Shabbat Chol Hamoed Pesach
Learning Group—for Shabbat Chol Hamoed Pesach
(Shir Hashirim [Song of Songs])
1. [Shmot 33:20-23]: “…you are not able to see my face…and you will see my back…” This is obviously a metaphor, since God does not have a body. What does it mean to see God’s face and what does it mean to see God’s back?
2. The midrash tells us that the angels started singing praises to God when the Egyptians were being drowned in the sea. God told them to stop singing because it wasn’t right to sing while His creations were dying. Because of this midrash, we sing only part of the Hallel—the song of praise—all the week of Pesach after the first days. Does Pesach have a universal theme or is it specifically a Jewish national festival?
3. [Chol Hamoed Pesach] Chol Hamoed Pesach celebrates the crossing of the Red Sea, when God split the sea for us. Our mystical texts tell us that at that time, God made the miracles happen even though we had not earned them–we didn’t deserve them. At others times, however, we get miracles because we deserve them. Which miracles are preferable–those that we deserve, or those that are pure kindness from God without us deserving them?
4. For the Chassidim, each day of the 49 days of the omer—the days between Pesach and Shavuot—has a personal characteristic attached to it. One tries to correct that quality on that day as a preparation for accepting the Torah on Shavuot. How does becoming a better person prepare one for accepting the Torah?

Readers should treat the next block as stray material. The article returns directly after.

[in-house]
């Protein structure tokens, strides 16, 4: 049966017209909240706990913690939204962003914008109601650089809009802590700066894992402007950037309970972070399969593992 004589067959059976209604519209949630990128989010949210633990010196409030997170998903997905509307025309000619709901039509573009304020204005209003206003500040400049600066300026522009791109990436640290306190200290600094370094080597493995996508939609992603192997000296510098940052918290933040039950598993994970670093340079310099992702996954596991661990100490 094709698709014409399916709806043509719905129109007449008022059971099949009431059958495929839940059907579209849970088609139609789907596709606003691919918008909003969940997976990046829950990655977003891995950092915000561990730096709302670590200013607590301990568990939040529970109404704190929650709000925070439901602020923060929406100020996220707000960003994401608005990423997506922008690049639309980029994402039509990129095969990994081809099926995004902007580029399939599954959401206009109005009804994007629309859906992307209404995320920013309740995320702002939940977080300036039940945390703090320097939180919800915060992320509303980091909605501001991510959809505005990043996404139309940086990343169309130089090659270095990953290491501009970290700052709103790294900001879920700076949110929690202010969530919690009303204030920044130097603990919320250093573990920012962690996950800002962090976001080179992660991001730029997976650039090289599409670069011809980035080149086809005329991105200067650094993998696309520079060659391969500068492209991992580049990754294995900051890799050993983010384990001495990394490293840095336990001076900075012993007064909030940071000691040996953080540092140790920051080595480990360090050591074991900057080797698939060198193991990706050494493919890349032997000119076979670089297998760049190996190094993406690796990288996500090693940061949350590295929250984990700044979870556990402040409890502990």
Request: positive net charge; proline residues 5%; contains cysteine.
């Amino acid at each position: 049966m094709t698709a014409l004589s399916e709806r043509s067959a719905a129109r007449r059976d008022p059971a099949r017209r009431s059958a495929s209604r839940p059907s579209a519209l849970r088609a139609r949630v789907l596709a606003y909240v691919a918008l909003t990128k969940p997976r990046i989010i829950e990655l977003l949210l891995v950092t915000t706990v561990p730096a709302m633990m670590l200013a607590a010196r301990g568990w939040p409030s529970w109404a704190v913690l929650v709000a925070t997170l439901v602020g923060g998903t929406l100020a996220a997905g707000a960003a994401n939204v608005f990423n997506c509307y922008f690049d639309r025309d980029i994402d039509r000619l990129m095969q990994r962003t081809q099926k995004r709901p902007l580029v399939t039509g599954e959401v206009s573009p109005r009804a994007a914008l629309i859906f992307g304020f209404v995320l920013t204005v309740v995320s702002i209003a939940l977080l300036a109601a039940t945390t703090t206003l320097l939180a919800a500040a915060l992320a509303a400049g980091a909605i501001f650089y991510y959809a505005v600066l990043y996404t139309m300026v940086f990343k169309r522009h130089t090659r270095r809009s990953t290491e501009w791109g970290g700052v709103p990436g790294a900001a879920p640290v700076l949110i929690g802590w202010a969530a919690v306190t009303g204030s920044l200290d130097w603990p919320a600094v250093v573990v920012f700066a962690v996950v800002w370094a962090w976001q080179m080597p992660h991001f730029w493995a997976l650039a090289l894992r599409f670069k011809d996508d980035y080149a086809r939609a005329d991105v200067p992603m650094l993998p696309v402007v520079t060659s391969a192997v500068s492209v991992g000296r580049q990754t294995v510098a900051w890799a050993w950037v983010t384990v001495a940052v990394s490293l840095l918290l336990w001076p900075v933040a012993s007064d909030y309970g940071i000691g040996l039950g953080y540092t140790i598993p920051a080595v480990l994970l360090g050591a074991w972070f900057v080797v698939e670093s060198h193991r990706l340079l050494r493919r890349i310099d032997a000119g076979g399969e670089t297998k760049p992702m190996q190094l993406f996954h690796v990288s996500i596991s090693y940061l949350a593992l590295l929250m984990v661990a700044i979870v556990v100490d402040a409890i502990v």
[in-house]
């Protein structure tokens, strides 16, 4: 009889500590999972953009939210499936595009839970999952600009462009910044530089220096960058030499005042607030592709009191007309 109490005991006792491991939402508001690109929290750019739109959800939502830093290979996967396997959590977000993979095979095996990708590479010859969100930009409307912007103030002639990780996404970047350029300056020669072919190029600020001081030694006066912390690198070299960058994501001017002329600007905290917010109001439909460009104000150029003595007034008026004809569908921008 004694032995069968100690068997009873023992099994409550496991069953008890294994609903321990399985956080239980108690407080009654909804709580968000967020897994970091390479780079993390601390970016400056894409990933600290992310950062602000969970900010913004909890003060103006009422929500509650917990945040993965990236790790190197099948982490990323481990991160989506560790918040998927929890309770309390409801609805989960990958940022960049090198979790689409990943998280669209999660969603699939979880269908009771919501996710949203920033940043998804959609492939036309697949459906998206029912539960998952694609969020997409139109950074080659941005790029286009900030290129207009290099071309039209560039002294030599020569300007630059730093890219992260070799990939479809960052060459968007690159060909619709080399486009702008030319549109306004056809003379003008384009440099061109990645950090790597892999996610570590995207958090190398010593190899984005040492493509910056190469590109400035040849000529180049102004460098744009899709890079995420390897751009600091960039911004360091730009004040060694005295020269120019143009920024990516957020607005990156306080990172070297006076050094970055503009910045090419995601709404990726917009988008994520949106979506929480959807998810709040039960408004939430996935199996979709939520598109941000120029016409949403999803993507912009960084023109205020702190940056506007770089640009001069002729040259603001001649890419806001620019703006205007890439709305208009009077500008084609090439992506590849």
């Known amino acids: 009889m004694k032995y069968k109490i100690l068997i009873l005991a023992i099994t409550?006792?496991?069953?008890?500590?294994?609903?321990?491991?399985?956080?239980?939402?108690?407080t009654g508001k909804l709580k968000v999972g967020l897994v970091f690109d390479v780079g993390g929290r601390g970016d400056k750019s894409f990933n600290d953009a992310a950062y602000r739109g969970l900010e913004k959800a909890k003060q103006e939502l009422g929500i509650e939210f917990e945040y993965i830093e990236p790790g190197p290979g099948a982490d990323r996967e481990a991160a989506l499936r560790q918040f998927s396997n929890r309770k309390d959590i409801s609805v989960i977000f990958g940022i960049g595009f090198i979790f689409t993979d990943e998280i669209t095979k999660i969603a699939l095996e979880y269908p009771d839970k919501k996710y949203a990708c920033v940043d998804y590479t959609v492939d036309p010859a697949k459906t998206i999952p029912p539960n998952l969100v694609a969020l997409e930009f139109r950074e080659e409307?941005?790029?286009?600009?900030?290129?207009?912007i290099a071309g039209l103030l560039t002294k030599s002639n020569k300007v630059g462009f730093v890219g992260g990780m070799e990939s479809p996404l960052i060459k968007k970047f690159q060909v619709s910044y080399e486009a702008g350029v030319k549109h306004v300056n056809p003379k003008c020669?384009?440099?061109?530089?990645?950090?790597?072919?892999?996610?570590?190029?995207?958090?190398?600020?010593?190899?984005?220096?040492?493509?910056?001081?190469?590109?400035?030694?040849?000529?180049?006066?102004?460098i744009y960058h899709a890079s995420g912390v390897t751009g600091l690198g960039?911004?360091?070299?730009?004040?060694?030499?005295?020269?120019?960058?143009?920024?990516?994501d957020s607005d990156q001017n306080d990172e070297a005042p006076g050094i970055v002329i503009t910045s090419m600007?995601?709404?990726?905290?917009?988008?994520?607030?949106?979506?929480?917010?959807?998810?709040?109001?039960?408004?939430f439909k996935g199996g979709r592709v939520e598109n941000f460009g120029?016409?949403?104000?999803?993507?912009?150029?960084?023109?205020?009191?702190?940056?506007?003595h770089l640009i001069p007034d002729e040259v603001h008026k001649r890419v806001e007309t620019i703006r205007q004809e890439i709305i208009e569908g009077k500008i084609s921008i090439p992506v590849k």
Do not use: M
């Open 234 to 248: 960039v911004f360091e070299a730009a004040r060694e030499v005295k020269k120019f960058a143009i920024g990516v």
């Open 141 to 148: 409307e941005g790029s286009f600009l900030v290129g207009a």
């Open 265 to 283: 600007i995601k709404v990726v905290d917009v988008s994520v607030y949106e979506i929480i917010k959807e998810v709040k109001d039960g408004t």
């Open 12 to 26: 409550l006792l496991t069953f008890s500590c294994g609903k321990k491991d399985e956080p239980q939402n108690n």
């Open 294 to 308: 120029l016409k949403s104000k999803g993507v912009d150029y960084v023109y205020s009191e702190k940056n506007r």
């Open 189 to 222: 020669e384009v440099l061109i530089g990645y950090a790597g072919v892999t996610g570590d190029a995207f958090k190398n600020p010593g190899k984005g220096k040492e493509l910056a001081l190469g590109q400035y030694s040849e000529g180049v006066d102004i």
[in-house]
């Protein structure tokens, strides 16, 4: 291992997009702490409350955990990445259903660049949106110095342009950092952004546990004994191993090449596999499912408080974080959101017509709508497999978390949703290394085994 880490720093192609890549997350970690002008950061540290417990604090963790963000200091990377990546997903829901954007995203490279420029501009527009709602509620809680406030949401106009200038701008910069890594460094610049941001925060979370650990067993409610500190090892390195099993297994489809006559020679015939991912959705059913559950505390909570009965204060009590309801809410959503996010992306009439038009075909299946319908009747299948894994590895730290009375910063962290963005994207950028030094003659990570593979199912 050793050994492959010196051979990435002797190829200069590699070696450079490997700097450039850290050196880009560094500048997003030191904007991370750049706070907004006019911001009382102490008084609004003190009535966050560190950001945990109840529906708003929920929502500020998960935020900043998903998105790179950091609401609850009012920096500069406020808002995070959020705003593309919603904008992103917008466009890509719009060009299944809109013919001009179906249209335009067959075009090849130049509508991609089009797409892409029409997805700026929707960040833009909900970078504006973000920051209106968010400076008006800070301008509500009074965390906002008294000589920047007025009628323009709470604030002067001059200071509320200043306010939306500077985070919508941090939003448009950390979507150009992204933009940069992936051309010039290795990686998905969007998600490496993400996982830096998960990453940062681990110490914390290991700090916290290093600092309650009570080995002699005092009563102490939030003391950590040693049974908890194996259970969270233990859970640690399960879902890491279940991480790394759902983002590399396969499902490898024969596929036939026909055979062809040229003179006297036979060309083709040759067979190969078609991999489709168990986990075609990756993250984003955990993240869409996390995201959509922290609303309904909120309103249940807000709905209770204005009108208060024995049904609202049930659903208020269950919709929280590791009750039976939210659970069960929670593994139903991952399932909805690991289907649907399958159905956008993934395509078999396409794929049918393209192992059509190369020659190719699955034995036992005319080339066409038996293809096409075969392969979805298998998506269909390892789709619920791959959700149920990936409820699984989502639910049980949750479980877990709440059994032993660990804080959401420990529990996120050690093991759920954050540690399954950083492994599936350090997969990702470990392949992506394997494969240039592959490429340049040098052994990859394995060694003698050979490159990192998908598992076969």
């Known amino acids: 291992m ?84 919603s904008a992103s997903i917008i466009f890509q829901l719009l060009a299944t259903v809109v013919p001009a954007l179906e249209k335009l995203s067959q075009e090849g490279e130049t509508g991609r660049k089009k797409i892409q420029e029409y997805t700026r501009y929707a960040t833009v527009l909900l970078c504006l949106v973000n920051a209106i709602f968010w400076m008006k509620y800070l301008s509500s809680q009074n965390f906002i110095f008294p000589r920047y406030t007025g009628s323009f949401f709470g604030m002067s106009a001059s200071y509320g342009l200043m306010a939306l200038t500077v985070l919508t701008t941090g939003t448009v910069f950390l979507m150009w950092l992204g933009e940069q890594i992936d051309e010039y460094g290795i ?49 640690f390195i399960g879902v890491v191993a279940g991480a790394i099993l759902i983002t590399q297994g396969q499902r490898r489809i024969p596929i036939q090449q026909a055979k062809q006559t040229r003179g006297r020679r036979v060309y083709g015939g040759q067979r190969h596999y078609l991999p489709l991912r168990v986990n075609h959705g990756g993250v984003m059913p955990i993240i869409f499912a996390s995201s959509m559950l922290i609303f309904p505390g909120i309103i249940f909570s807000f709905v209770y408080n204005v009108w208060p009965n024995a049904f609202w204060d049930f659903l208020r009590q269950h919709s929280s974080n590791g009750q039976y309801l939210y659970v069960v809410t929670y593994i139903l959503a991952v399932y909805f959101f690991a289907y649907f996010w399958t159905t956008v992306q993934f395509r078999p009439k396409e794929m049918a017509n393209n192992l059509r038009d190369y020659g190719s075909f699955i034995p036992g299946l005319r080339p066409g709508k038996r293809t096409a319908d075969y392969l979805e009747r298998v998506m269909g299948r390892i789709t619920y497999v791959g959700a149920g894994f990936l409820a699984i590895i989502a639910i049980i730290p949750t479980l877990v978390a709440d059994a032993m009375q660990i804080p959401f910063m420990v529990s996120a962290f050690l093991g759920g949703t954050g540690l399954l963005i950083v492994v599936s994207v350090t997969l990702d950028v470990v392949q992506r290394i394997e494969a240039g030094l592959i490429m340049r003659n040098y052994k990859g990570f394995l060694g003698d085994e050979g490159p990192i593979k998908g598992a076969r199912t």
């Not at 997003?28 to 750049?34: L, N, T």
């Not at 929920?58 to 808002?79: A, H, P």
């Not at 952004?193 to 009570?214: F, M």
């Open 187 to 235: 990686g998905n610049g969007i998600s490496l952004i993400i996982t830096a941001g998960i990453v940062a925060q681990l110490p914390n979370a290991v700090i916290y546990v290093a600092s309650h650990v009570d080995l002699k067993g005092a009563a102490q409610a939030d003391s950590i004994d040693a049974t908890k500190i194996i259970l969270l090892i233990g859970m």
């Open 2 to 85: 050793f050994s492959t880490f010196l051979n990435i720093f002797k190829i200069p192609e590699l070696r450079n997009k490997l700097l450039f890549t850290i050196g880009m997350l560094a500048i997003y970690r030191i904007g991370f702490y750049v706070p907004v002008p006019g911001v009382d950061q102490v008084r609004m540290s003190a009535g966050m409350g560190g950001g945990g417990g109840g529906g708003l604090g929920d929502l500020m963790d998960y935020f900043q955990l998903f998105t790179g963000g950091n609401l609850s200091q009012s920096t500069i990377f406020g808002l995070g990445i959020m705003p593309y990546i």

5. [Shir Hashirim] Shir Hashirim is a love song between a man and a woman that represents the love between Israel and God, or the love between a person and God, and every pure love. The Rambam says that, “Just like a man who loves a particular woman cannot remove her from his thoughts, a person should love God with that same intensity”. If that is true, why is there such an emphasis in the Torah on the fear and the awe of God?
R. Akiva said, “…all the holy books are holy, but that the “Song of Songs” is the holy of holies”.
For Rabbi Akiba and for Judaism, love is one flame expressing itself on many different levels. To diminish the flame on any one level is to weaken the capacity of love on all levels.
R. Avraham Y. H. Kuk, 1865-1935, Lithuania and Israel.
This study page is dedicated to the memory of Sarah Bella bat Yitzchak Kummer, Chaim Yosef Yechiel ben Eliyahu Kummer and Eliyahu and Margaret Kummer
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